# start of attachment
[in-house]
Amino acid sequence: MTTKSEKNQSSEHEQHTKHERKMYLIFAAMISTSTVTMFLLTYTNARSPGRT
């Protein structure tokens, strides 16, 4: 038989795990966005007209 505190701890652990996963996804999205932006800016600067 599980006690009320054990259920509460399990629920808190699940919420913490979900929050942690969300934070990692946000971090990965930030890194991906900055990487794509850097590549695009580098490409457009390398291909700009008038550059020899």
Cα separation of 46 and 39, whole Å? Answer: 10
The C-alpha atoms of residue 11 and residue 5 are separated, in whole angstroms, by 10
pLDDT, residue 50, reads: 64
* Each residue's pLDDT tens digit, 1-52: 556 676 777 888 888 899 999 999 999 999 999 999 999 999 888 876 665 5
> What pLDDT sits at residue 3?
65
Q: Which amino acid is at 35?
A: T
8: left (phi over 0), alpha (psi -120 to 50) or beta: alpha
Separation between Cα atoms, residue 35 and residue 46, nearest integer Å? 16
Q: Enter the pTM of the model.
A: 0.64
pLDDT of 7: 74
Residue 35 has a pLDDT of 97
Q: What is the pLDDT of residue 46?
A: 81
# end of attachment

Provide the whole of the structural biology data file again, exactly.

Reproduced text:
[in-house]
Amino acid sequence: MTTKSEKNQSSEHEQHTKHERKMYLIFAAMISTSTVTMFLLTYTNARSPGRT
């Protein structure tokens, strides 16, 4: 038989795990966005007209 505190701890652990996963996804999205932006800016600067 599980006690009320054990259920509460399990629920808190699940919420913490979900929050942690969300934070990692946000971090990965930030890194991906900055990487794509850097590549695009580098490409457009390398291909700009008038550059020899």
Cα separation of 46 and 39, whole Å? Answer: 10
The C-alpha atoms of residue 11 and residue 5 are separated, in whole angstroms, by 10
pLDDT, residue 50, reads: 64
* Each residue's pLDDT tens digit, 1-52: 556 676 777 888 888 899 999 999 999 999 999 999 999 999 888 876 665 5
> What pLDDT sits at residue 3?
65
Q: Which amino acid is at 35?
A: T
8: left (phi over 0), alpha (psi -120 to 50) or beta: alpha
Separation between Cα atoms, residue 35 and residue 46, nearest integer Å? 16
Q: Enter the pTM of the model.
A: 0.64
pLDDT of 7: 74
Residue 35 has a pLDDT of 97
Q: What is the pLDDT of residue 46?
A: 81